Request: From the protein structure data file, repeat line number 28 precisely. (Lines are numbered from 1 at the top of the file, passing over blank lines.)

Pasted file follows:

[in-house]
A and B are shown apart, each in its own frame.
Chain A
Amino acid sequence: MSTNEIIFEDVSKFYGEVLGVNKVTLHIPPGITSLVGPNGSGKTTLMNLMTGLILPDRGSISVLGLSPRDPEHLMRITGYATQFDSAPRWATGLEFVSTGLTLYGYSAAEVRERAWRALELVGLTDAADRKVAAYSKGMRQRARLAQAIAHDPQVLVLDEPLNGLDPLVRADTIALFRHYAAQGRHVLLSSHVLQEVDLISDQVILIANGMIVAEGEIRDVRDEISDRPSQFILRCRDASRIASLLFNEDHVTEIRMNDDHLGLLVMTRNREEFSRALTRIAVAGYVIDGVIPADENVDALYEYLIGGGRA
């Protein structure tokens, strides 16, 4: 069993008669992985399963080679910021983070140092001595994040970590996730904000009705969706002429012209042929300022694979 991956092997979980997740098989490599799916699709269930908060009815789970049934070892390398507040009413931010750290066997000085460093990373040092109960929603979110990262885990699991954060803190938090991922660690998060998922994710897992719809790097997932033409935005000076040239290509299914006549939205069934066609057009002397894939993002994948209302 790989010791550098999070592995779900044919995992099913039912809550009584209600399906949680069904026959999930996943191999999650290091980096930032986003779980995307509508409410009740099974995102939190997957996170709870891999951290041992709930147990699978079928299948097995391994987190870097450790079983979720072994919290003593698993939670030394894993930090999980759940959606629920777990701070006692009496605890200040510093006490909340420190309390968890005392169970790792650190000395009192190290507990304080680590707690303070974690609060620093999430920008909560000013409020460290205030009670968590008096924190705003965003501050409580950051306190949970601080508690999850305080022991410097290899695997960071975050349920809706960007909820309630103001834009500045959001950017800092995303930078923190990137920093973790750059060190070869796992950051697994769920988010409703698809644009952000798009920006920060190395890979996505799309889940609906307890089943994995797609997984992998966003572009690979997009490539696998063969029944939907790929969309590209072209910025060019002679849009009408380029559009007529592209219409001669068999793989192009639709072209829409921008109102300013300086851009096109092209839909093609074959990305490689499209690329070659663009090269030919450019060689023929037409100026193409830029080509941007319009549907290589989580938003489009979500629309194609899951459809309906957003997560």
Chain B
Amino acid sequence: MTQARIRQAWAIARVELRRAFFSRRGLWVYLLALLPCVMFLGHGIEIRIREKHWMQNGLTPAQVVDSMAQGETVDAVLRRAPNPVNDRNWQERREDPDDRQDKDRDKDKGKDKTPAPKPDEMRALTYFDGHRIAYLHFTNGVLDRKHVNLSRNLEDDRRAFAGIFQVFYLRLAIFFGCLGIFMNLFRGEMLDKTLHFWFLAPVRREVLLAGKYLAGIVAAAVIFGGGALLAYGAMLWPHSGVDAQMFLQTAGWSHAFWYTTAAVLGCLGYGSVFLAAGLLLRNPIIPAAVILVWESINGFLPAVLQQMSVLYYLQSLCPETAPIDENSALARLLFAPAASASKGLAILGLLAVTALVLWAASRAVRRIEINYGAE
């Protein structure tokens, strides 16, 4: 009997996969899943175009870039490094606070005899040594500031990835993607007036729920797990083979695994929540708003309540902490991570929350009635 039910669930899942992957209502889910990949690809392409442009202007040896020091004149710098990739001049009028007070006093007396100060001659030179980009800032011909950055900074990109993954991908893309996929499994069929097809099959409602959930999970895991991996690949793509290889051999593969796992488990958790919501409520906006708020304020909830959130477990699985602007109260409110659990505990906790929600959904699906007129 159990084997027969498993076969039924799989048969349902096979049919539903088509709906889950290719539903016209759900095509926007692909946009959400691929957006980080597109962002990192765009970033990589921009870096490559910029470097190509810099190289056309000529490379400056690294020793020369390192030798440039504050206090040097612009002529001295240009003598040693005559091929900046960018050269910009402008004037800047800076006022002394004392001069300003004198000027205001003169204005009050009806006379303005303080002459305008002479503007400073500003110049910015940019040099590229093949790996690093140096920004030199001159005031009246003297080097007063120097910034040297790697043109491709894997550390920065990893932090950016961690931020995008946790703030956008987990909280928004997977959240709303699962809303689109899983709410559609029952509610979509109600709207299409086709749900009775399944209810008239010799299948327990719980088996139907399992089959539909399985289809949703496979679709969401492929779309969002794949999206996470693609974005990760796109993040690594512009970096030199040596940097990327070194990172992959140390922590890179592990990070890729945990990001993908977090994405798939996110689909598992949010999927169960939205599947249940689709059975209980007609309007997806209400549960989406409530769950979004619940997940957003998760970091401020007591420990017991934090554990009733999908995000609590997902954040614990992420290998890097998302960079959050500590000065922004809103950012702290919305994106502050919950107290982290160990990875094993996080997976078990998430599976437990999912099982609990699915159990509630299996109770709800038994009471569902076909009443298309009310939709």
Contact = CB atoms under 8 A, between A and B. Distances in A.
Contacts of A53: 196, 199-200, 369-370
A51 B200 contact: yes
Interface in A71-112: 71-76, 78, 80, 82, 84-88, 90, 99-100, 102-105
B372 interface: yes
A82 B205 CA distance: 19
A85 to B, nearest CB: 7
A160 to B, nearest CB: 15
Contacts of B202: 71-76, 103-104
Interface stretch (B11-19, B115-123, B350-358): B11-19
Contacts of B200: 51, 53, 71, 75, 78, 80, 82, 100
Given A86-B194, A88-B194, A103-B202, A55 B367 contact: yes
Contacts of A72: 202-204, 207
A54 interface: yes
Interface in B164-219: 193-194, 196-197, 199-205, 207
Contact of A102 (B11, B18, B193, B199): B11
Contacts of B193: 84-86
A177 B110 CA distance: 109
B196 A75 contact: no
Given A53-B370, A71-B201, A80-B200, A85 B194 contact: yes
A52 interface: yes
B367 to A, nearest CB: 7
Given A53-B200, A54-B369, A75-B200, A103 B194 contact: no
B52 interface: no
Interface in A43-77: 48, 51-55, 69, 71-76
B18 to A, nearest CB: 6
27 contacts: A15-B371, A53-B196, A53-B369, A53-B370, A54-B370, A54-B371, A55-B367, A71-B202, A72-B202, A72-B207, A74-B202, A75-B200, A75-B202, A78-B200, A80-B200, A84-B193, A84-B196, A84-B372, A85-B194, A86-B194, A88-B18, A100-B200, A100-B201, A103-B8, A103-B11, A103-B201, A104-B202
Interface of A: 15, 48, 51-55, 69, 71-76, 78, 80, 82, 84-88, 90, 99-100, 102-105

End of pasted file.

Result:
Given A53-B370, A71-B201, A80-B200, A85 B194 contact: yes